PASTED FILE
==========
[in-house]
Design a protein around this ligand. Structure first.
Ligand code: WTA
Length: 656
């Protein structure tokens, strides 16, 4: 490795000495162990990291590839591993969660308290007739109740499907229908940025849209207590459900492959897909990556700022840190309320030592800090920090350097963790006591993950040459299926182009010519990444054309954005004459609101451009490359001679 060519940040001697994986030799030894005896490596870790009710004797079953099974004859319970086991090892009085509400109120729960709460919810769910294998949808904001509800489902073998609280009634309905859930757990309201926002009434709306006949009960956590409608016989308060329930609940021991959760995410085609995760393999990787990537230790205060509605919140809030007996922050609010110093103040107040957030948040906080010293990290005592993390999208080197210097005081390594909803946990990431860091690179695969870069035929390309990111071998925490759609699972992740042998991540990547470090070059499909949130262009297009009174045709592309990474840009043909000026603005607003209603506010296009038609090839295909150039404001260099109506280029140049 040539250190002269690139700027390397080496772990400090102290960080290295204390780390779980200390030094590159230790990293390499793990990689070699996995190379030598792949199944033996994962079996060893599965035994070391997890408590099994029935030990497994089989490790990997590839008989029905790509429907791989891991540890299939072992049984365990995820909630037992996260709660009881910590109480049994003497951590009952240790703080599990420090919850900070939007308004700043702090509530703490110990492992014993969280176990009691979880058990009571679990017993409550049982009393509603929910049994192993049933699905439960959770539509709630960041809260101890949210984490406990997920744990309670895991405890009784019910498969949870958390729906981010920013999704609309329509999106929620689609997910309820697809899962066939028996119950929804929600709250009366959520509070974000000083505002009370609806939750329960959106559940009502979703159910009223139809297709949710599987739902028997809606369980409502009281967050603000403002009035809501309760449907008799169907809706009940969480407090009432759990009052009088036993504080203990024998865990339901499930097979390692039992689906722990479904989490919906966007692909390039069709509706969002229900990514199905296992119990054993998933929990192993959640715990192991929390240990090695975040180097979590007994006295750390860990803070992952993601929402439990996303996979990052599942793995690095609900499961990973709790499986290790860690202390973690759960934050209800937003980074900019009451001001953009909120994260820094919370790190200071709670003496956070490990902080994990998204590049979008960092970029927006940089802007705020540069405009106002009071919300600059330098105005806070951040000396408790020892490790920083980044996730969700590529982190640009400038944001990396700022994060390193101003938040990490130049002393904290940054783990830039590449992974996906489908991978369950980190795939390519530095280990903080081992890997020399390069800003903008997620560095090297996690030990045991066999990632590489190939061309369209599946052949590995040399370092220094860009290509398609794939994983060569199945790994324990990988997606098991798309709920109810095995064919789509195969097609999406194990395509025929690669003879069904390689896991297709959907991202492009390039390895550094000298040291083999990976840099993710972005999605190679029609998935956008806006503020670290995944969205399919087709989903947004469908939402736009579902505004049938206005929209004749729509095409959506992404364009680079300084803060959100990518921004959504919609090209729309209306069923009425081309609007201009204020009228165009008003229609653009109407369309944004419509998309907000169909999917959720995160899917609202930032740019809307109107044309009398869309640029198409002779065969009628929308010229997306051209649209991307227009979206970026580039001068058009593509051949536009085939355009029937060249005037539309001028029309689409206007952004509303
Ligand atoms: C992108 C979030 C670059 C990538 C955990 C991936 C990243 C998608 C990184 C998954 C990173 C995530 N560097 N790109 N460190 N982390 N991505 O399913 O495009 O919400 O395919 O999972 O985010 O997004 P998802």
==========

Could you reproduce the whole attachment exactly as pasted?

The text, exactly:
[in-house]
Design a protein around this ligand. Structure first.
Ligand code: WTA
Length: 656
């Protein structure tokens, strides 16, 4: 490795000495162990990291590839591993969660308290007739109740499907229908940025849209207590459900492959897909990556700022840190309320030592800090920090350097963790006591993950040459299926182009010519990444054309954005004459609101451009490359001679 060519940040001697994986030799030894005896490596870790009710004797079953099974004859319970086991090892009085509400109120729960709460919810769910294998949808904001509800489902073998609280009634309905859930757990309201926002009434709306006949009960956590409608016989308060329930609940021991959760995410085609995760393999990787990537230790205060509605919140809030007996922050609010110093103040107040957030948040906080010293990290005592993390999208080197210097005081390594909803946990990431860091690179695969870069035929390309990111071998925490759609699972992740042998991540990547470090070059499909949130262009297009009174045709592309990474840009043909000026603005607003209603506010296009038609090839295909150039404001260099109506280029140049 040539250190002269690139700027390397080496772990400090102290960080290295204390780390779980200390030094590159230790990293390499793990990689070699996995190379030598792949199944033996994962079996060893599965035994070391997890408590099994029935030990497994089989490790990997590839008989029905790509429907791989891991540890299939072992049984365990995820909630037992996260709660009881910590109480049994003497951590009952240790703080599990420090919850900070939007308004700043702090509530703490110990492992014993969280176990009691979880058990009571679990017993409550049982009393509603929910049994192993049933699905439960959770539509709630960041809260101890949210984490406990997920744990309670895991405890009784019910498969949870958390729906981010920013999704609309329509999106929620689609997910309820697809899962066939028996119950929804929600709250009366959520509070974000000083505002009370609806939750329960959106559940009502979703159910009223139809297709949710599987739902028997809606369980409502009281967050603000403002009035809501309760449907008799169907809706009940969480407090009432759990009052009088036993504080203990024998865990339901499930097979390692039992689906722990479904989490919906966007692909390039069709509706969002229900990514199905296992119990054993998933929990192993959640715990192991929390240990090695975040180097979590007994006295750390860990803070992952993601929402439990996303996979990052599942793995690095609900499961990973709790499986290790860690202390973690759960934050209800937003980074900019009451001001953009909120994260820094919370790190200071709670003496956070490990902080994990998204590049979008960092970029927006940089802007705020540069405009106002009071919300600059330098105005806070951040000396408790020892490790920083980044996730969700590529982190640009400038944001990396700022994060390193101003938040990490130049002393904290940054783990830039590449992974996906489908991978369950980190795939390519530095280990903080081992890997020399390069800003903008997620560095090297996690030990045991066999990632590489190939061309369209599946052949590995040399370092220094860009290509398609794939994983060569199945790994324990990988997606098991798309709920109810095995064919789509195969097609999406194990395509025929690669003879069904390689896991297709959907991202492009390039390895550094000298040291083999990976840099993710972005999605190679029609998935956008806006503020670290995944969205399919087709989903947004469908939402736009579902505004049938206005929209004749729509095409959506992404364009680079300084803060959100990518921004959504919609090209729309209306069923009425081309609007201009204020009228165009008003229609653009109407369309944004419509998309907000169909999917959720995160899917609202930032740019809307109107044309009398869309640029198409002779065969009628929308010229997306051209649209991307227009979206970026580039001068058009593509051949536009085939355009029937060249005037539309001028029309689409206007952004509303
Ligand atoms: C992108 C979030 C670059 C990538 C955990 C991936 C990243 C998608 C990184 C998954 C990173 C995530 N560097 N790109 N460190 N982390 N991505 O399913 O495009 O919400 O395919 O999972 O985010 O997004 P998802």